Aide who wrote Mike Shirkey’s apologies leaving to work for Dana Nessel
LANSING — Michigan Senate Majority Leader Mike Shirkey, under fire for conspiratorial and misogynistic comments, is losing a top female aide who circulated the public apology he undermined last week.
Amber McCann, who served as deputy chief of staff and press secretary for the Clarklake Republican, is going to work for Democratic Attorney General Dana Nessel as a special projects director, Nessel's office confirmed.
McCann did not immediately respond to a voicemail seeking comment on the rationale for the move. Nessel communications director Kelly Rossman-McKinney, who McCann will report to, said conversations about the career shift began in the "last two or three weeks."
Pending completion of a background check, McCann is expected to start her new job on March 8. She will work as special projects director in the AG's Office of Public Information and Education, Rossman-McKinney said in a statement.
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"Ms. McCann has a reputation as a tireless worker and consummate professional and Attorney General Nessel is eager for her to continue serving the people of our state," she added.
McCann, who also worked for the three prior Senate Republican leaders, had not issued a press release since Feb. 9, when she circulated a statement from Shirkey apologizing for what he called “insensitive comments” he made in a private conversation recorded by Hillsdale County Republican Party leaders.
In that conversation, Shirkey claimed the Jan. 6 insurrection at the U.S. Capitol was a “hoax” staged by unseen “puppeteers” that was not the fault of supporters of President Donald Trump, who was attempting to stop certification of his 2020 election loss. He also bragged Republicans had “spanked” Democratic Gov. Gretchen Whitmer “hard” over her COVID-19 orders.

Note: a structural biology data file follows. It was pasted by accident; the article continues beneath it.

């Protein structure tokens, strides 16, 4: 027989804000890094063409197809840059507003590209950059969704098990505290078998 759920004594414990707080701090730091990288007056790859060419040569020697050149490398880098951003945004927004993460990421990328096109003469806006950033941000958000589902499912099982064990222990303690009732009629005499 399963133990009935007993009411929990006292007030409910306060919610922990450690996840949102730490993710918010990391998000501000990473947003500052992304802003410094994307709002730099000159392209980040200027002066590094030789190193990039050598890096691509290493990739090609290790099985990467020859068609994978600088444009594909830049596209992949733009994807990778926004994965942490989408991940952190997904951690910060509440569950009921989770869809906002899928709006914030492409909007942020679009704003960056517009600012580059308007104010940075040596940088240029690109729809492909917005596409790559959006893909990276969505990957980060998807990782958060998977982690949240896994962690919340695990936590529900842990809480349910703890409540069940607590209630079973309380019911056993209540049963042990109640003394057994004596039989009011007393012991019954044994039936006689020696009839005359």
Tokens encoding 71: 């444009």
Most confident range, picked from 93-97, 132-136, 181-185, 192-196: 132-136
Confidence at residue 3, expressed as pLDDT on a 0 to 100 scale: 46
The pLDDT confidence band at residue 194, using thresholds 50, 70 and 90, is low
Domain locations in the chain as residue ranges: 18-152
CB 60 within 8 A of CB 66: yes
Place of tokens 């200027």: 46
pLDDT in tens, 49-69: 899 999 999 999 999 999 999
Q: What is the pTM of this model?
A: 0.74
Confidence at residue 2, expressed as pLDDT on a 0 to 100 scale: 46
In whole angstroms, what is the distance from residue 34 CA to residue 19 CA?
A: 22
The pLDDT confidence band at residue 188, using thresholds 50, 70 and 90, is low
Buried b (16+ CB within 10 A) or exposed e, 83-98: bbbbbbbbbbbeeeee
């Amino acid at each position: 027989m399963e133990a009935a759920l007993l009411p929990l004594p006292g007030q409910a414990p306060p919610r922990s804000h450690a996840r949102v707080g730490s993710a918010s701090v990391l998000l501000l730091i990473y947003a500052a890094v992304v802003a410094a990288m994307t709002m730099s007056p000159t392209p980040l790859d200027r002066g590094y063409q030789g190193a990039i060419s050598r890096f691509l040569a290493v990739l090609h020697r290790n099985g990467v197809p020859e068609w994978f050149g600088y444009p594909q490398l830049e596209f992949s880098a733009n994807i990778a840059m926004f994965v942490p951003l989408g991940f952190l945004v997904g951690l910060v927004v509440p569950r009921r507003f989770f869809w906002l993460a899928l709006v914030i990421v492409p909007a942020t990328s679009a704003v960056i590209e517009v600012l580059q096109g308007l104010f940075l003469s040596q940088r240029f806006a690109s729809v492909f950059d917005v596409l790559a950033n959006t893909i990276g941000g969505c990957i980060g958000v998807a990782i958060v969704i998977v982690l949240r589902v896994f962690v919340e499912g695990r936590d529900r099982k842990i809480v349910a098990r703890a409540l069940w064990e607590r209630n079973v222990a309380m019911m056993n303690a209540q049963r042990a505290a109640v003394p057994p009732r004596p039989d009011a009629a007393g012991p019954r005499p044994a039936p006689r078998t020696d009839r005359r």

A day after his public apology issued by McCann, Shirkey was caught on a live microphone in the Michigan Senate saying he did not actually regret any of his claims, only the words he used to express them. McCann was with Shirkey that day in the Capitol but declined to discuss his comments, directing any questions back to Shirkey himself.
Shirkey, in a statement, said he has the "utmost respect" for McCann, calling her a "trusted adviser, a consummate professional and integral part of my senior staff the past two years."
While McCann served for prior majority leaders in the Senate, Shirkey suggested the "term-limited environment" in Lansing, which will force him and other lawmakers out of office after 2022, may have played a role in her departure.
"She sought an opportunity outside the Legislature where she can still be of service to the public," he said.
In a Tuesday radio interview, Shirkey acknowledged Trump “could and should have acted sooner and more forcibly even to call off the attack” at the U.S. Capitol that resulted in five deaths. But, he said, Trump “did not cause the attack.”
Shirkey sparked another round of condemnation in that same radio interview by alleging, without evidence, that “too many dead people voted” in Michigan’s Nov. 3 election, although not enough to change the outcome.
Michigan Secretary of State Jocelyn Benson’s office has debunked several previous claims of dead voters casting ballots.
The claims are “tiresome,” Nessel said in a Wednesday tweet. “Bring my (department) the names of these alleged dead people who voted (and) I will assign career prosecutors who are life-long Republicans to investigate. Otherwise, please stop assailing our democracy.”
In the Tuesday radio interview, Shirkey also defended his Whitmer “spanking” analogy, which has been lambasted as a form of casual sexism and misogyny. He cited a news story about the NFL’s Super Bowl to argue that it is a commonly used metaphor.
"I've had first-hand experience this past week with a regular 'spanking' by the media,” Shirkey said on WKHM in Jackson. “This ostensibly offensive word is a routinely used term in our lexicon."
Several political staffers in Lansing disputed that characterization.
“To be clear, the word “spanking” is not a part of MY lexicon,” Whitmer deputy chief of staff Jen Flood wrote on Twitter, “and I’ve certainly never heard it used in the executive office nor any other professional workplace setting.”
Senate Republicans have stuck by Shirkey despite the controversy, and there has been no effort to replace him with a new majority leader.
But Democrats contend Shirkey’s string of comments have poisoned the work environment in the Michigan Capitol, posing a threat to critical negotiations over how and when to allocate $5 billion in COVID-19 relief funds from the federal government.
“We've now gone through what I call the stages of the (Senate majority leader) again — make an offensive comment, apologize, take the apology back, justify your actions, and then play the victim card,” Senate Minority Leader Jim Ananich, D-Flint, said Wednesday.
“We've done all of that. Can we now please move on to the important work that needs to be done?"
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